Assembly George Square, Edinburgh Fringe Festival, 14th August 2013
The intimate Spiegeltent venue darkens to the sound of eerie strings, and a woman in a simple black dress enters the small central stage with a box of eggs. Which she proceeds to walk lightly over. This is Emma Serjeant – co-founder of Australian circus company Casus – and, as she is gently assisted along the rows of shells by Jesse Scott, we suspect that ‘Knee Deep’ will be a show about fragility.
The show has barely begun before Serjeant finds herself sitting delicately atop Scott’s head; for this superb display of skill to come so early, we suspect that there are momentous things to come – and are not disappointed.
This four-strong ensemble (also including Lachlan McAulay and Natano Fa’anana) excel in graceful acrobalance, lifting, jumping and climbing over each other with such lightness that the highly technical moves seem effortless. They take the theory of contact dance into new realms, finding novel platforms out of each others’ bodies to twist and turn about, and balance across.
If the show is about fragility, with its returning images of glass bottles, eggs and birds, it is also about an inner strength. The performances are infused with a sense of innocence, of an exploration into what these bodies the artists have found themselves in can do. The warmth, connection, and a sense of care are palpable between them – although I do feel that there is a lack of this same connection with us as audience.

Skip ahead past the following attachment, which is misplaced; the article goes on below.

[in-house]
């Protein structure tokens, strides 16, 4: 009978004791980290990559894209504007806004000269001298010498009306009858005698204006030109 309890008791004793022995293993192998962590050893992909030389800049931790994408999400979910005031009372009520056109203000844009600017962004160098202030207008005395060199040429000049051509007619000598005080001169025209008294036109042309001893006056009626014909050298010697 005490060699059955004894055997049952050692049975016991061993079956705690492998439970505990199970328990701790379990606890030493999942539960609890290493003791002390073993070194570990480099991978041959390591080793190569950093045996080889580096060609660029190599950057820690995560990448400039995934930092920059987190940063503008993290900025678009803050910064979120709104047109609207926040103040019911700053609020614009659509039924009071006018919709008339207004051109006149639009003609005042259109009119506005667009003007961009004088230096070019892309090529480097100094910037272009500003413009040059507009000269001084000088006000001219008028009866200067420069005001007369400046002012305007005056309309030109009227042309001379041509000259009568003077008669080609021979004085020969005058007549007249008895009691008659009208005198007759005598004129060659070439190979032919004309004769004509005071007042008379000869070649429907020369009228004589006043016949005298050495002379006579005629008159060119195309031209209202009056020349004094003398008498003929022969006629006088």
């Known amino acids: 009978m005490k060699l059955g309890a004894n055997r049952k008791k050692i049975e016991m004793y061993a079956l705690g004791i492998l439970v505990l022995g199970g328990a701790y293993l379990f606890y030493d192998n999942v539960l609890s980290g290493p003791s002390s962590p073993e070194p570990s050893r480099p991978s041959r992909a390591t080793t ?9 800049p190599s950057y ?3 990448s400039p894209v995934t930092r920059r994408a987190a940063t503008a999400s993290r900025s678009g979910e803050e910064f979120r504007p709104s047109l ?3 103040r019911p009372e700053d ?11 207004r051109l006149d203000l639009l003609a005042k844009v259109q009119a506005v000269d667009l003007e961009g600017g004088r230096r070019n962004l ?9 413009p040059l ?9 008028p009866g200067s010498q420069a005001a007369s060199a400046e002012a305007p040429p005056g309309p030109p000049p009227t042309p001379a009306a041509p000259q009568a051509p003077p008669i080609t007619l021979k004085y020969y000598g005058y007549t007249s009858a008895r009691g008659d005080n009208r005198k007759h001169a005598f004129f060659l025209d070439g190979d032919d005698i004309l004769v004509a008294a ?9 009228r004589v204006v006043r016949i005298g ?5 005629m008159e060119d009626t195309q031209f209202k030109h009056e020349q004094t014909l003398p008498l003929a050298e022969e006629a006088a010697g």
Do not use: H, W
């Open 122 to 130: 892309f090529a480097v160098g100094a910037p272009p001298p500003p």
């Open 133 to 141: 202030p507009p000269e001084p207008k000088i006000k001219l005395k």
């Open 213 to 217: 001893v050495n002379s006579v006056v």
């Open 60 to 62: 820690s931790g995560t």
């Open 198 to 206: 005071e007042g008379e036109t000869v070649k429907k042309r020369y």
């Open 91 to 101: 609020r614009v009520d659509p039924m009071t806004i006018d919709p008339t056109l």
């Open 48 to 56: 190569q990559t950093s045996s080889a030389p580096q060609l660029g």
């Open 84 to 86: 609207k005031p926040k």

Lit to highlight the angles and planes of the performers’ surprisingly human bodies, we see Serjeant take to her hand-balance poles with a remarkable ascent from a headstand. An aerial catcher’s strap is rigged from which the company create human stalactites, and a gritty country song underpins Fa’anana’s silks routine. Another egg returns, accompanied by Scott and a bottle of wine, but his acrobatic courtship routine (which draws winces of disbelief from the audience as he walks – and then jumps – across the stage on toes bent underneath him) is cut short by Serjeant’s human blockhead spectacle. As we see more of the performers, their personalities seem to become clearer, through a brief hula-hoop routine that almost ends in fisty-cuffs to the almost-aggresive body percussion of Fa’anana.
Slightly awkward cuts between music tracks are forgiven as we watch the acrobats throw each other around the stage and lattice together in a static trapeze display which incorporates the entire ensemble. And, as an ensemble, the performers are constantly interchanging their roles; they all fly, they all catch, they all base with equal ease.
The range of acts presented keeps us engaged and intrigued, with a humour that is as delicate and subtle as the magnificent displays of physical prowess and the unobtrusive rigging changes; and the production is at its most enjoyable when playful and unselfconscious.
If, after a disconcertingly abrupt ending, one departing audience member claims, ‘It just went on too long’, perhaps this is because (as critic Lyn Gardner comments on her blog) during the frenetic festival pace, the gentler shows often suffer short shrift. I rather side with the exiting crowd, who can’t stop muttering, ‘Amazing!’ and wander out to Nick Cave’s ‘The Ship Song’ with a pressing need to call my boyfriend and tell him I love him.